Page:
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Opinion: More young Americans are using cannabis and hallucinogens. It’s good news

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According to a recent National Institutes of Health survey, United Press International reports, “Marijuana use and a hallucinogen among young adults in the United States reached an all-time high in 2021.”

According to the survey, 43% of young people admitted to using cannabis in the past year, while 8% said they had tried LSD, psilocybin mushrooms, or other “hallucinogens.”

This is, believe it or not, good news. Both of these categories of “drugs” have a history of use since human history, with known medical and mental benefits, few negative side effects, and almost no relationship to violent behaviors.

None of these items should be used, possessed, sold, or grown/manufactured illegal in the first place, and growing familiarity with them continues to fuel growing opposition to the “war on drugs.”

All of them are, in three words, “safer than alcohol.”

Which, says the same survey, remains the most popular “drug”, with heavy drinking rebounding from low and “high intensity” drinking in 2020 steadily increasing.

This is the bad news.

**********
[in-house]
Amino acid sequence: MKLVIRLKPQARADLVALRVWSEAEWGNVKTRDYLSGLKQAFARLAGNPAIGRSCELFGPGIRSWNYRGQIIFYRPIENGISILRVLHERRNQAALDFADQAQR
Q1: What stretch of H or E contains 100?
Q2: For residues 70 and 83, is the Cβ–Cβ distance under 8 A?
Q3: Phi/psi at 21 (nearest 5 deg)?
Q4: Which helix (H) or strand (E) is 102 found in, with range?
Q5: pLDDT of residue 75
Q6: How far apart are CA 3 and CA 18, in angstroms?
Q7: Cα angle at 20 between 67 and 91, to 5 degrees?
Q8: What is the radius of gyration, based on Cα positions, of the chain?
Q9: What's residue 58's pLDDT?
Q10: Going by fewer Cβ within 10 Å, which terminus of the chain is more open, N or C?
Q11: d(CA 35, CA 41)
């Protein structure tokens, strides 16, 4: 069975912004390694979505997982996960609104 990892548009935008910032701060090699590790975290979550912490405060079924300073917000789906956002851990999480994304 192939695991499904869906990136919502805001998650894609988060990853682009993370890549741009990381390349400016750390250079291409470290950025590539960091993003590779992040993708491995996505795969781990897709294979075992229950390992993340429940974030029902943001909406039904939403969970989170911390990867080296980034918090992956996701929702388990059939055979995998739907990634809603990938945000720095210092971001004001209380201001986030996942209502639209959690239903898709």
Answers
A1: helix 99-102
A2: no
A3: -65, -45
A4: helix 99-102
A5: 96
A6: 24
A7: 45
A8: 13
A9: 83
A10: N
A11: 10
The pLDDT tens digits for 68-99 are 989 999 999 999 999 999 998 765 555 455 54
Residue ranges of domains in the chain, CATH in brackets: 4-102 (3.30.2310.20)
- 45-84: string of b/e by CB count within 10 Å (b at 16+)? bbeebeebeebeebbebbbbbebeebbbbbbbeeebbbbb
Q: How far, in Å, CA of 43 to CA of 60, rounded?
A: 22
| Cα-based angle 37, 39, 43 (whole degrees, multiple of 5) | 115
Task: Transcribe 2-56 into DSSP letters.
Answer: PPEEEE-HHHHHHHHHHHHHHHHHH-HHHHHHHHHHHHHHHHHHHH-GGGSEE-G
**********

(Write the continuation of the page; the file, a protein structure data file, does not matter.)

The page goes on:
If I knew that one of my kids (all now happily and safely after their teens) was going to a “party,” and that entertainment would be included, I’d rather they go in a bag of herbs or some mushroom caps than a can of beer or five bourbons. There is less potential for senseless fights, sexual assault, or driving while disabled.

Don’t get me wrong. Personally, I have nothing against alcohol, and I don’t think it should be illegal. I do use it, although these days I drink maybe six packs of beer and a few ounces of whiskey a year; It used to be… well, a little more than that.

Here is the need:

People have self-medicated and taken recreational potions of different things since there were humans.

They will continue to do so, even if politicians meet and order that it should not.

The choice we face is not between the community of Assassins and “drug-free America.” History has taught us that neither of these things will happen.

The choice is between a society in which we are free to choose what we eat, drink, smoke or otherwise eat – and take responsibility for what follows – or a society in which we eat, drink, smoke or otherwise take a “wrong” substance that could mean imprisonment whether we harm anyone else or not.

We are moving in the previous direction. It should continue to do so.

Thomas L. Knapp (Twitter: @thomaslknapp) is director and senior news analyst at the William Lloyd Garrison Center for Liberal Advocacy Journalism (thegarrisoncenter.org). He lives and works in North Central Florida.

Grow guide for marijuana beginners.
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